[Photos pictured taken by the lovely and quite reasonable Cassie Herlocker. If you're in Southeast Kansas, hire her!]
After years of getting by on my own, I've had a few occasions lately where I've had to hire a professional photographer. It's been eye opening.
Everyone I take pictures for has been telling me for years, "You don't charge enough." And after doing a review of what other people are charging in this area, I'm afraid they're right.
I'm of two minds about that, though.
On the one hand, one of the reasons Sweet Husband doesn't do art fairs anymore is because he couldn't compete price-wise with people who were only making jewelry as a "hobby". When you're only trying to make back the cost of materials--nothing for overhead, nothing for your time--you can easily undersell your competitors. You also can easily put the people who are really trying to make it their job out of business.
I've done the math. For a photographer paying for advertising and contracts and equipment and studio space...not to mention all the regular costs of being self-employed (e.g. health insurance, continuing education)...not to mention all the time involved from very first meeting to final delivery of photos....it adds up scary fast.
And, while there are exceptions, for the most part the people that are charging more are taking absolutely gorgeous photos. Like, the kind that actually make me catch my breath a little.
On the other hand, with rare exceptions here and there, my clients are all my friends. I want them to have nice pictures of their babies and their weddings and what-have-you, and I don't want them to feel like they have to mortgage their houses to do it.
Also, I like taking photographs. It'll never be my full time career, but it makes me happy. If I ever got to the point where I was feeling burnt out about it, I'd start charging more or just quit. But I'm not there yet.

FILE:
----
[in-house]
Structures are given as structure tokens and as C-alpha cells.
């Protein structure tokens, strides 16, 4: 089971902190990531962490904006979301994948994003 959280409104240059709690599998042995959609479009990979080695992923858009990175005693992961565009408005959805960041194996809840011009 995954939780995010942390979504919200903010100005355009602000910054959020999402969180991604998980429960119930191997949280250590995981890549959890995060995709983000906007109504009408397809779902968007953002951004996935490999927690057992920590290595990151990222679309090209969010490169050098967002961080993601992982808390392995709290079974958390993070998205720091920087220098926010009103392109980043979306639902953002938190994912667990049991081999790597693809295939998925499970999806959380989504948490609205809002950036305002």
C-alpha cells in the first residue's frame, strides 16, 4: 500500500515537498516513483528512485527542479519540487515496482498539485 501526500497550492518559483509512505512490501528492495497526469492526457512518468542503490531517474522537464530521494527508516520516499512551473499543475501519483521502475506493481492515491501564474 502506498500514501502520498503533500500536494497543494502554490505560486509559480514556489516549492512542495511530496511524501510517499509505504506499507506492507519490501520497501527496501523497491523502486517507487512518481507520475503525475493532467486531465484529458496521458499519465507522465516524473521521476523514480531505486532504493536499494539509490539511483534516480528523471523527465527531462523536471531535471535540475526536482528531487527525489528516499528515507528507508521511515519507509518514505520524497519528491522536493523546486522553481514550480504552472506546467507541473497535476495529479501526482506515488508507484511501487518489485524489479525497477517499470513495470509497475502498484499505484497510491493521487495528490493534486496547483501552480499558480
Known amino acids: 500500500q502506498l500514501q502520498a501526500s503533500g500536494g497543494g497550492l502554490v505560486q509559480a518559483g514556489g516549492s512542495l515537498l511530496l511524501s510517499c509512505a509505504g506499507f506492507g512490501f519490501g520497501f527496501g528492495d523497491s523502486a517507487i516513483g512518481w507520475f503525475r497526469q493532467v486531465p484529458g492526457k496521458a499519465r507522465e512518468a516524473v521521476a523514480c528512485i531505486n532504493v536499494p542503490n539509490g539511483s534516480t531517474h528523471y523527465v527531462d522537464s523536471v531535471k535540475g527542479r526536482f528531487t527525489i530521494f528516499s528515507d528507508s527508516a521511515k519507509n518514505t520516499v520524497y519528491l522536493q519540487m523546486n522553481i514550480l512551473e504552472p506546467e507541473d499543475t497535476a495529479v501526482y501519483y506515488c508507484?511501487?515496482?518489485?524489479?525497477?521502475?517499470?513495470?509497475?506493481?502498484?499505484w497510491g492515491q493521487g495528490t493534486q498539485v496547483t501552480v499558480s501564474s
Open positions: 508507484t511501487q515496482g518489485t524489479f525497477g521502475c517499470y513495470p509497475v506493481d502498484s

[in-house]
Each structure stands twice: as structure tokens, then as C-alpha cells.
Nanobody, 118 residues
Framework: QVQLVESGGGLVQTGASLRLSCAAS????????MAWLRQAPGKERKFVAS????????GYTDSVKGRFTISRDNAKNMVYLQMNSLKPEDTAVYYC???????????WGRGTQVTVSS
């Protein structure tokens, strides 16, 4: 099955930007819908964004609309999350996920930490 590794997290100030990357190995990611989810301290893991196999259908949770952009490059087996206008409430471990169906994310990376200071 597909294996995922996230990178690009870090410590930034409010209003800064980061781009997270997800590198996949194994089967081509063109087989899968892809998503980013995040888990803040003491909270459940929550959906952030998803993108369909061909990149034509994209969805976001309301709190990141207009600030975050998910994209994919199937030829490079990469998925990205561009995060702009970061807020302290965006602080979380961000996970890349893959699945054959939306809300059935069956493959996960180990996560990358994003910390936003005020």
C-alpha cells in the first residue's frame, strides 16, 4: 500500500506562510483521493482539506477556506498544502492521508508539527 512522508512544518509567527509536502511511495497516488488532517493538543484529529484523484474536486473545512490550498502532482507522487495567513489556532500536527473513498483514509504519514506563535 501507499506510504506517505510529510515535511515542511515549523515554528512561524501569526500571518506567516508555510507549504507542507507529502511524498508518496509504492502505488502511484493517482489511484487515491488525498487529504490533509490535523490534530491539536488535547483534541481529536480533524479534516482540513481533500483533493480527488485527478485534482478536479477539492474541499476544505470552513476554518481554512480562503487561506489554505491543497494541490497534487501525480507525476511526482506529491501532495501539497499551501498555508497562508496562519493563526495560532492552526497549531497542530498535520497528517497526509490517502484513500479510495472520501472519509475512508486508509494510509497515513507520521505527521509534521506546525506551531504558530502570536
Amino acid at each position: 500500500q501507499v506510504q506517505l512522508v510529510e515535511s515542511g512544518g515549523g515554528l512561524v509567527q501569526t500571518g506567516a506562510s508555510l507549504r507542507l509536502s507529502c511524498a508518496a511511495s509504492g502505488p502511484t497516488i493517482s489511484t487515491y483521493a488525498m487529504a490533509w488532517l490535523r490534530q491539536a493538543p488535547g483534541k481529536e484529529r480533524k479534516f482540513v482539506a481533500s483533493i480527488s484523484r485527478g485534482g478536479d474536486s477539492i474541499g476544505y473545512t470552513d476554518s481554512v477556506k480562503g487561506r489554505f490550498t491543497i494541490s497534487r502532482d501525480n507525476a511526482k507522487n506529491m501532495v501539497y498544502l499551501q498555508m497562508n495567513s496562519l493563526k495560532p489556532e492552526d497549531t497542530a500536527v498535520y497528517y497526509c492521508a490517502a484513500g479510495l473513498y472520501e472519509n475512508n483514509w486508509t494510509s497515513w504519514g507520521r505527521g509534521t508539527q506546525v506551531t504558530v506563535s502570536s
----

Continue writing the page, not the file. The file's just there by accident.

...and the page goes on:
And, the reality is, I don't have a lot of the costs that a full-time photographer has. I can do my own legal work, and my Nice Father-In-Law/Accountant helps me figure out the taxes at the end of the year. My "advertisement" consists of once or twice a year Facebook shout-outs when I notice that the sunflowers are in bloom or start thinking about the holidays.
I do have to upgrade equipment now and then, and, of course, there's my time--but I feel like I'm covering those things. I'm happy with the hourly "rate" I've set for myself. I get a new lens about once a year, and have thus far been able to cover new cameras and computers as needed.
Like the empty-nesters selling wire-wrap jewelry just to "keep busy", I'm perfectly content. Except that I feel guilty that all of us "hobby" people are stealing food from the mouths of the full-time pros.
I was mulling this over with a friend at lunch a few weeks ago, though, and she said something that made me feel better. She added up what she spends on several photo sessions throughout the year. It was a respectable sum, but would really probably only pay for one session, if that, with someone more expensive. Her conclusion: "We just wouldn't ever get pictures taken. Or we'd only do it maybe once a year or so." In other words, it wasn't a choice between me or someone more expensive. It was a choice between me and no formal photos at all.
I may be self-justifying, but, like I said, it made me feel better--good, even.
What say you all? When was the last time you had family photos taken? Whatever price you paid (and that can fluctuate wildly based on geography, I understand) did you feel you got good value? Or do you avoid getting family photos taken because of cost?